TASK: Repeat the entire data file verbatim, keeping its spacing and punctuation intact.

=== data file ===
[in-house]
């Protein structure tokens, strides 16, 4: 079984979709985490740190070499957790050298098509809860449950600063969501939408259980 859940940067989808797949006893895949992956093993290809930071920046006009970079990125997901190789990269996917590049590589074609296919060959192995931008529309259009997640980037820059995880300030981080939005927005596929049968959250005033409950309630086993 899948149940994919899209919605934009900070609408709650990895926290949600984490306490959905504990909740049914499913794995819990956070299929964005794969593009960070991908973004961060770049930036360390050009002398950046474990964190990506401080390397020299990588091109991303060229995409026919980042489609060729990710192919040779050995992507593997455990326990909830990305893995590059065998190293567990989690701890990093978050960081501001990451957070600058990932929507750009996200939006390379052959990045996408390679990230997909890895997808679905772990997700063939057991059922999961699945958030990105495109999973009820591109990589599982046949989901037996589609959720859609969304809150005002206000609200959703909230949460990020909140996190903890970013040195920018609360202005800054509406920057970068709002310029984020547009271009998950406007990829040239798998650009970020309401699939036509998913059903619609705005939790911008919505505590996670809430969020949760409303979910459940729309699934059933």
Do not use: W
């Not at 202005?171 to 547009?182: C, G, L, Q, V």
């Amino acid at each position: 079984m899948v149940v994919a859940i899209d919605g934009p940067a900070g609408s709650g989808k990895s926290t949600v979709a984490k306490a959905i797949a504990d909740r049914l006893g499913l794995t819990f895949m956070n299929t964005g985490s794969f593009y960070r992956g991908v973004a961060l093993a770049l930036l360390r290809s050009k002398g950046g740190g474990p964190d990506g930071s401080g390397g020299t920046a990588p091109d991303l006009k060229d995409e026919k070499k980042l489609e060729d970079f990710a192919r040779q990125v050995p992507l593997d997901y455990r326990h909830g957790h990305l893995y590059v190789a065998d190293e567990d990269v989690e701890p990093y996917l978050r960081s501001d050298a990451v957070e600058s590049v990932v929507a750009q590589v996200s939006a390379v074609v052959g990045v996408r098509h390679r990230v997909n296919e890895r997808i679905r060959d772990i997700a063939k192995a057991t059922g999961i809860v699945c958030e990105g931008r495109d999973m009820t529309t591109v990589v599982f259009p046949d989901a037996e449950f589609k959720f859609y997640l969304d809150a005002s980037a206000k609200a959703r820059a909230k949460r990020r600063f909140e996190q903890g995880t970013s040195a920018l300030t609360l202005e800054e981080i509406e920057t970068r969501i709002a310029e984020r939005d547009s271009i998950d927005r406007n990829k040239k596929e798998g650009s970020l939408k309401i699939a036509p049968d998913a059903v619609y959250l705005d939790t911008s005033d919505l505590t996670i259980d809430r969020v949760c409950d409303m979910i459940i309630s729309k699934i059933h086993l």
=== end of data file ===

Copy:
[in-house]
């Protein structure tokens, strides 16, 4: 079984979709985490740190070499957790050298098509809860449950600063969501939408259980 859940940067989808797949006893895949992956093993290809930071920046006009970079990125997901190789990269996917590049590589074609296919060959192995931008529309259009997640980037820059995880300030981080939005927005596929049968959250005033409950309630086993 899948149940994919899209919605934009900070609408709650990895926290949600984490306490959905504990909740049914499913794995819990956070299929964005794969593009960070991908973004961060770049930036360390050009002398950046474990964190990506401080390397020299990588091109991303060229995409026919980042489609060729990710192919040779050995992507593997455990326990909830990305893995590059065998190293567990989690701890990093978050960081501001990451957070600058990932929507750009996200939006390379052959990045996408390679990230997909890895997808679905772990997700063939057991059922999961699945958030990105495109999973009820591109990589599982046949989901037996589609959720859609969304809150005002206000609200959703909230949460990020909140996190903890970013040195920018609360202005800054509406920057970068709002310029984020547009271009998950406007990829040239798998650009970020309401699939036509998913059903619609705005939790911008919505505590996670809430969020949760409303979910459940729309699934059933």
Do not use: W
């Not at 202005?171 to 547009?182: C, G, L, Q, V």
């Amino acid at each position: 079984m899948v149940v994919a859940i899209d919605g934009p940067a900070g609408s709650g989808k990895s926290t949600v979709a984490k306490a959905i797949a504990d909740r049914l006893g499913l794995t819990f895949m956070n299929t964005g985490s794969f593009y960070r992956g991908v973004a961060l093993a770049l930036l360390r290809s050009k002398g950046g740190g474990p964190d990506g930071s401080g390397g020299t920046a990588p091109d991303l006009k060229d995409e026919k070499k980042l489609e060729d970079f990710a192919r040779q990125v050995p992507l593997d997901y455990r326990h909830g957790h990305l893995y590059v190789a065998d190293e567990d990269v989690e701890p990093y996917l978050r960081s501001d050298a990451v957070e600058s590049v990932v929507a750009q590589v996200s939006a390379v074609v052959g990045v996408r098509h390679r990230v997909n296919e890895r997808i679905r060959d772990i997700a063939k192995a057991t059922g999961i809860v699945c958030e990105g931008r495109d999973m009820t529309t591109v990589v599982f259009p046949d989901a037996e449950f589609k959720f859609y997640l969304d809150a005002s980037a206000k609200a959703r820059a909230k949460r990020r600063f909140e996190q903890g995880t970013s040195a920018l300030t609360l202005e800054e981080i509406e920057t970068r969501i709002a310029e984020r939005d547009s271009i998950d927005r406007n990829k040239k596929e798998g650009s970020l939408k309401i699939a036509p049968d998913a059903v619609y959250l705005d939790t911008s005033d919505l505590t996670i259980d809430r969020v949760c409950d409303m979910i459940i309630s729309k699934i059933h086993l």